The Bad Egg


I have a guilty confession. It’s not as shameful as using garlic powder or anything, but some of you are gonna be pretty pisted..

I let eggs go bad.

Well, I don’t know if that’s totally true. It’s more that sometimes I have them around for awhile and I wonder if they’ve gone bad yet. I realize that people like gansie don’t have this problem, but I just don’t get around to using them as much as some of you. Don’t get me wrong, I love a good runny yolk shot as much as the next blogga, but I’m more of a bagel-and-cream-cheese guy for breakfast, and I just don’t think about incorporating eggs into dinner all that often. So 12 often seems like a lot to me. And those six-packs are always overpriced.

But I’ve wondered on more than one occasion, do eggs go bad? And when? And why? Some cartons have expiration dates on them; others don’t. Some eggs, like the ones I picked up yesterday, actually have the use by date stamped right on the shell, which just freaks me out.

But what exactly does the expiration date mean? What happens to an egg when it goes bad? When milk goes bad, it’s obvious, whether that’s before or after the printed expiration date. But old eggs look and smell the same as new ones. Can I really not use an egg that’s a few days past the expiration point? And if so, what would happen to me? And is there a trick to telling if an egg really has gone bad?

Well this is making me sound like the least knowledgeable food blogger of all time, but whatever, I want to know.  Hook me up with some knowledge please.

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  • Ramblingirl March 26, 2009  

    I was always taught that if you put an egg in a pot of water and it floats, that means it’s bad. So far, this method of weeding out the rotten eggs in an old pack has never steered me wrong.

  • Danny March 26, 2009  

    i’ve heard that when the eggshell becomes smooth they are bad… you notice how those pictured have little bumps, when those go away thrown them away.

  • Michael March 26, 2009  

    My buddy’s girlfriend always used to call me the ‘bad egg.’ Now I know she just meant that I’m smooth and that I float in water.

  • JoeHoya March 26, 2009  

    Like anything in the fridge with an expiration date, it’s not an exact science. Most places put that ‘sell by’ or ‘use by’ date far ahead of when the product can realistically be expected to spoil so they don’t have to worry about cutting it too close.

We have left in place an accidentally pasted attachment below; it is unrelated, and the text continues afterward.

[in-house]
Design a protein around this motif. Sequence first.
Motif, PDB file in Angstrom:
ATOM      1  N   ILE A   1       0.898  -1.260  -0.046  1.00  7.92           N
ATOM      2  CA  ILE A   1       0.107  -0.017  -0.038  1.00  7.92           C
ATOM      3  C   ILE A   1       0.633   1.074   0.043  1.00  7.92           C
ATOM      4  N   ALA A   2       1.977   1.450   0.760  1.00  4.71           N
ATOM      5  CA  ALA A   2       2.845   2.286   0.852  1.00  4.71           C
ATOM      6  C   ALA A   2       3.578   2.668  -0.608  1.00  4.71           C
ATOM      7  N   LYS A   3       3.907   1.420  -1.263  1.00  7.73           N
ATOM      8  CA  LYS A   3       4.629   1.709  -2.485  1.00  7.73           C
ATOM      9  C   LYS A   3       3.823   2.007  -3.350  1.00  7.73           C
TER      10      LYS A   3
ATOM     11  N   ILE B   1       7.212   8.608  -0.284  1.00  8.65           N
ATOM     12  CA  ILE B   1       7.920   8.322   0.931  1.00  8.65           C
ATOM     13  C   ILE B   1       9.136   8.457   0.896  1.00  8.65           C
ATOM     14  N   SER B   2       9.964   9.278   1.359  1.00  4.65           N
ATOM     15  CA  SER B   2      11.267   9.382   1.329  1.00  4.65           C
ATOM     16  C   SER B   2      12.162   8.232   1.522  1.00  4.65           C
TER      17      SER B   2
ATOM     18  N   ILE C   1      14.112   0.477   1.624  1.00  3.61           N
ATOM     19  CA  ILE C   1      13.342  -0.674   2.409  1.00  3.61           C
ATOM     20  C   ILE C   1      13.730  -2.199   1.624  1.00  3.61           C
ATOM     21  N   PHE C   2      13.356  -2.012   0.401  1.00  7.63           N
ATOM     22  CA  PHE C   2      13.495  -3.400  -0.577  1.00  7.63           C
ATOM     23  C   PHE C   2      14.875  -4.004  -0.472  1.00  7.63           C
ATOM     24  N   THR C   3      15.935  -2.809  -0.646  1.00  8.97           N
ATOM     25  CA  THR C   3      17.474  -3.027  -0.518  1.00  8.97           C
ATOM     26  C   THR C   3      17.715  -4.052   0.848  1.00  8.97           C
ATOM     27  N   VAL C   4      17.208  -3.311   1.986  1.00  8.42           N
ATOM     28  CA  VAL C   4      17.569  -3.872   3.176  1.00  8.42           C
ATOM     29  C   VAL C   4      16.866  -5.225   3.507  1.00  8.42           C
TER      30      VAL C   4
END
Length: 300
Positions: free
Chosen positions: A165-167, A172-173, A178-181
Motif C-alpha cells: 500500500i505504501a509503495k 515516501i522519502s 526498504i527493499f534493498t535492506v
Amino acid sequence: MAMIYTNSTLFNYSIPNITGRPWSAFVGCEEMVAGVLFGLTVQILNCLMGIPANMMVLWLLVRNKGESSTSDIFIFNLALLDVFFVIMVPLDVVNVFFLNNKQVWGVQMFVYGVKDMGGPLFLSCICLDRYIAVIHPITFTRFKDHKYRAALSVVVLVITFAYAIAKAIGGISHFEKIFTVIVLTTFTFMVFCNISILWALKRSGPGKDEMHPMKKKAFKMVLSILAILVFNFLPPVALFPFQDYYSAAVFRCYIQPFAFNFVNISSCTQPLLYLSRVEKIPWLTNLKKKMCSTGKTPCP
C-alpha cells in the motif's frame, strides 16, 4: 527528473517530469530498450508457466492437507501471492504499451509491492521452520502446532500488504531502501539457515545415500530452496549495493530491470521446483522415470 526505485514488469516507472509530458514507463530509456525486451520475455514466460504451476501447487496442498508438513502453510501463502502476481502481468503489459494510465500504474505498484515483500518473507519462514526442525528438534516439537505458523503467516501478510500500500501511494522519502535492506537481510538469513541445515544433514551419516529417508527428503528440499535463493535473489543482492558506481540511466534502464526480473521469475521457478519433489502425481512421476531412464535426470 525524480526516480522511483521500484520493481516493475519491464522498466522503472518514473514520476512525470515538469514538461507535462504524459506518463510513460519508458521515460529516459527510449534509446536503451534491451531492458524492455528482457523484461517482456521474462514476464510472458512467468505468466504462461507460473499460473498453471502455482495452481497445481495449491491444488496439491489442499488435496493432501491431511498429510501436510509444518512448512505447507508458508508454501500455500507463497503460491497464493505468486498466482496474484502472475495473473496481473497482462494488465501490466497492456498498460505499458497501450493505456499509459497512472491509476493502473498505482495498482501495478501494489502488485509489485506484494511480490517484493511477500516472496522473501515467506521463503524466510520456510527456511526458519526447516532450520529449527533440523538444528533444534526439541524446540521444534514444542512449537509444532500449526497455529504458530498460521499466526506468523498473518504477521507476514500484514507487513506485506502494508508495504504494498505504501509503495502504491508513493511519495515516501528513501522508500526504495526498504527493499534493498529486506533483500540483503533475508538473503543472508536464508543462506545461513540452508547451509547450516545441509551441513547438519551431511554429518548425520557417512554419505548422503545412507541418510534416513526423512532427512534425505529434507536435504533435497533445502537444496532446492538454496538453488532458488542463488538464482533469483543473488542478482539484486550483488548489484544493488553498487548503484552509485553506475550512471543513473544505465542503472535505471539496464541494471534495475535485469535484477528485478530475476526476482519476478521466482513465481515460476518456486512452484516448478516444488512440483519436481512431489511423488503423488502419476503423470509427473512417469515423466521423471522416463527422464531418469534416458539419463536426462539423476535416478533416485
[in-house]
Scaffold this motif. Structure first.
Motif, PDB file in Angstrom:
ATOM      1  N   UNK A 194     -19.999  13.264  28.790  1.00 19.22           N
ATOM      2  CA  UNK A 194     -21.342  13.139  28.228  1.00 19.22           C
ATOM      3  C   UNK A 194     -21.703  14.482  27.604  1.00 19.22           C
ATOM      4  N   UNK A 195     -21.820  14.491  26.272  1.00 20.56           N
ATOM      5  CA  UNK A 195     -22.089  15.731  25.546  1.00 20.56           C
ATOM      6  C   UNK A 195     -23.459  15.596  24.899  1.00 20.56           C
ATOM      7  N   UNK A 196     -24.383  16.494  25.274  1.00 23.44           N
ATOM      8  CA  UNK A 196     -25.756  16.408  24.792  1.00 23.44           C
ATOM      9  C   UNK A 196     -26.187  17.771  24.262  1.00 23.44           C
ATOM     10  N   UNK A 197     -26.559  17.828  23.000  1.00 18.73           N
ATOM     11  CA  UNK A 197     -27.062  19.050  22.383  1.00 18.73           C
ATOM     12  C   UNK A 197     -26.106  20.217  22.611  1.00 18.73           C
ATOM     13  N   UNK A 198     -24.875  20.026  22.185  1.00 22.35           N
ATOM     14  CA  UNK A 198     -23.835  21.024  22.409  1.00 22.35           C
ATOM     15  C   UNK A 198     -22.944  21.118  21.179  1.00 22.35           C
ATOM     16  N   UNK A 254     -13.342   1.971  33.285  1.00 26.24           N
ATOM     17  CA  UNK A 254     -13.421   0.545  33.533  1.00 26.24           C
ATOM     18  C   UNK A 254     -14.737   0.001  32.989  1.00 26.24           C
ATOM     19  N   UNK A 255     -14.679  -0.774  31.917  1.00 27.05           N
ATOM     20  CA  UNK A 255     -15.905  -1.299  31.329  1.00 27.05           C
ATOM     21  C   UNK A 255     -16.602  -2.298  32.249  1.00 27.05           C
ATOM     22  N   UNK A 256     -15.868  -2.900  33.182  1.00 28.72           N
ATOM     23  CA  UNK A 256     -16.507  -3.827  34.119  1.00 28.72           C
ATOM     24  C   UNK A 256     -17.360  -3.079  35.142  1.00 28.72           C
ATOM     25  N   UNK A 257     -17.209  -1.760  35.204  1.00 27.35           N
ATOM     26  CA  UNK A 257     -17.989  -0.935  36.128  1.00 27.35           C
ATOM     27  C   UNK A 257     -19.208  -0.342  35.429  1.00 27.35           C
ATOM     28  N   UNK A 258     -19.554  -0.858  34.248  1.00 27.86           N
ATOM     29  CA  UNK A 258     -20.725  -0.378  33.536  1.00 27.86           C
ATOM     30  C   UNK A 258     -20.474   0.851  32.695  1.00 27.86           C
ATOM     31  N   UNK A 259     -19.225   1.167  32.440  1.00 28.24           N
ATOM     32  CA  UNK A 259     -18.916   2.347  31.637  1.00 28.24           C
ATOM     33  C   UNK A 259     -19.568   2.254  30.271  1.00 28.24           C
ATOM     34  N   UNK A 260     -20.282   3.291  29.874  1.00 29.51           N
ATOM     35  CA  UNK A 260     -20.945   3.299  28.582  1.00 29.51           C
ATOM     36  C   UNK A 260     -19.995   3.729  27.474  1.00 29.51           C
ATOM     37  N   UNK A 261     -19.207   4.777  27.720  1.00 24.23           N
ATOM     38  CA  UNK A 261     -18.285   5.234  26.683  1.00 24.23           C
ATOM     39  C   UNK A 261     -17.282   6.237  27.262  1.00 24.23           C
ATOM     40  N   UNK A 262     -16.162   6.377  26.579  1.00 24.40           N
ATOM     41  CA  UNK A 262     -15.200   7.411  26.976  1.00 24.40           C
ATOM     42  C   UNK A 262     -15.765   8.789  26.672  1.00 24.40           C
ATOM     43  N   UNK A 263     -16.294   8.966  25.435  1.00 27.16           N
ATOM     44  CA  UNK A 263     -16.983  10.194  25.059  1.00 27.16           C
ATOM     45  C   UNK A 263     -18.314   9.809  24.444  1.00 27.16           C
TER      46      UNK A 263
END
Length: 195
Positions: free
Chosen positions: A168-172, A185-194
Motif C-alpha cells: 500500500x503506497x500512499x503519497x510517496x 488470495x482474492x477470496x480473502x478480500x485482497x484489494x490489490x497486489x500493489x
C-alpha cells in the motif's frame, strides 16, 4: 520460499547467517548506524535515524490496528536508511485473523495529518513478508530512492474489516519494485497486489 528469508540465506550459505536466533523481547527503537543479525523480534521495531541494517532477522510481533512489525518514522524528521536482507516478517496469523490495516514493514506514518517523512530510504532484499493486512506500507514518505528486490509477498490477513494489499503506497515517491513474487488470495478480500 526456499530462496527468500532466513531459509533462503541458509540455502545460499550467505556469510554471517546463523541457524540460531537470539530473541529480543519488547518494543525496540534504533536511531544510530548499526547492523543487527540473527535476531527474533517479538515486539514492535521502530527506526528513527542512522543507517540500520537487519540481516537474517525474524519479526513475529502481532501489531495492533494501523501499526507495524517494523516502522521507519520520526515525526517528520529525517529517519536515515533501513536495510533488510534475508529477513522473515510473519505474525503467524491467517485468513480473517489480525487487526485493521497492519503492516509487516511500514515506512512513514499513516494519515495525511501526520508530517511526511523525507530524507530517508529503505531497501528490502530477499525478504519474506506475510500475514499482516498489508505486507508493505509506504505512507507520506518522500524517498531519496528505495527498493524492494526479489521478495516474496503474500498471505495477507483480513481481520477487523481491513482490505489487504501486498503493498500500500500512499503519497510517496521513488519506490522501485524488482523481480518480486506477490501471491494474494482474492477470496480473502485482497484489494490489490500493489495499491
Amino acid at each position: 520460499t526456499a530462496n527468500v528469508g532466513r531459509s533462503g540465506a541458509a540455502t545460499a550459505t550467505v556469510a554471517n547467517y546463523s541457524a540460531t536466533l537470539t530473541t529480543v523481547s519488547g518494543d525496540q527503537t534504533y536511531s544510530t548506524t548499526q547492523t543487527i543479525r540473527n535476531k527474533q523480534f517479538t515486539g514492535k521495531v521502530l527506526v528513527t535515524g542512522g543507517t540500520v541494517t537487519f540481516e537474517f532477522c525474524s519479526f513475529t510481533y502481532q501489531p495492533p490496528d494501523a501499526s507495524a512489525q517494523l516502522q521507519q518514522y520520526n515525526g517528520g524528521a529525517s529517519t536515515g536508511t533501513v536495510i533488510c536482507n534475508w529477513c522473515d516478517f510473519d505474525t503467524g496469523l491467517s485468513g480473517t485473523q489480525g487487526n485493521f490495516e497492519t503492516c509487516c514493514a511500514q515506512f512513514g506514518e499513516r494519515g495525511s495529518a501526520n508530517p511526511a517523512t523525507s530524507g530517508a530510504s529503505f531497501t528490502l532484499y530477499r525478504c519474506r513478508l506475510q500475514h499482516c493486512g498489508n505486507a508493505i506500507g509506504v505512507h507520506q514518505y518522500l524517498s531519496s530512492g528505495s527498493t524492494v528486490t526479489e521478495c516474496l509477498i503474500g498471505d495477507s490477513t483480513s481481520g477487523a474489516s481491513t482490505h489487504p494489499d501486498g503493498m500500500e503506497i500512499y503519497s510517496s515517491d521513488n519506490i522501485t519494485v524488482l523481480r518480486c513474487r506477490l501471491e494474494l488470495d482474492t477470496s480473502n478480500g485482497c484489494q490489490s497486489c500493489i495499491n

Everything I’ve read suggests that your average egg will keep for at least two weeks beyond the ‘sell by’ date if you’ve kept it refrigerated and in the carton the whole time (some even say they’ll keep for months)…but the quality degrades just like it would with fruits and veggies. There’s a big difference between a farm-fresh egg and one that’s a week or two past its prime.

    The bumps or pimples on the egg shells are calcium deposits…perfectly natural, but not at all related to freshness. In fact, I’m pretty sure an egg that comes out with that rough texture will stay that way.

  • Diana March 26, 2009  

    I’ve read that if you coat your eggs with a thin sheen of butter or lard (I suppose crisco would work too), it extends their useful life by keeping bacteria from entering through the porous shell. I haven’t tried this though…

    Older eggs do look different once cracked, the whites are gooier and they don’t fall out of the shell as easily. But they are better than fresh eggs if you intend to hardboil them; they peel easier. But I don’t know any tried and true method of telling if they’ve gone over before cracking them.

  • jenn March 26, 2009  

    i’ve also heard the water floating test… i believe from martha stewart. with the exception of her telling me to microwave a chicken breast for 7 minutes, at which time i opened the door to find a shriveled, black stick, she’s never steered me wrong.

  • BS's Mom March 26, 2009  

    I can tell from experience when an egg is bad but this only applies to totally organic ones (as we had growing up on a farm but of course we didn’t t know the word “organic” then): if you crack it and a chicken is inside then it’s past its expiration date. Not a pretty sight.

  • Yvo March 30, 2009  

    I’ve kept eggs in the carton for months and not died. But Trader Joe’s started stamping the date on the shell and that makes me nervous. Having said that, this past weekend I used eggs that said March 21 on them and I am still alive.
    While food poisoning is no joke, and eggs are among the items I’d be wary of poisoning me, I definitely have kept eggs for 2-3 months and not thrown them away. The only time I won’t use an egg is if the shell cracks, because those cracks – even the fine hairline cracks – are breeding grounds for bacteria.

  • caperberry April 10, 2009  

    hi here is a egg freshness guide. i hope this helps.

  • aj January 18, 2011  

    I’ve often used eggs well beyond (up to 6 months or more) beyond the expiration dates, and always thought that an eggshell was one of mother nature’s most foolproof preservatives. I will say that for the last few years I have not left them in the fridge that long, and maybe the way they are grown and processed now makes my old practice not very wise. What the food processors/growers are doing with are food supply is frightening to say the least. From now on I’ll probably try to use them up not long after the exp date.

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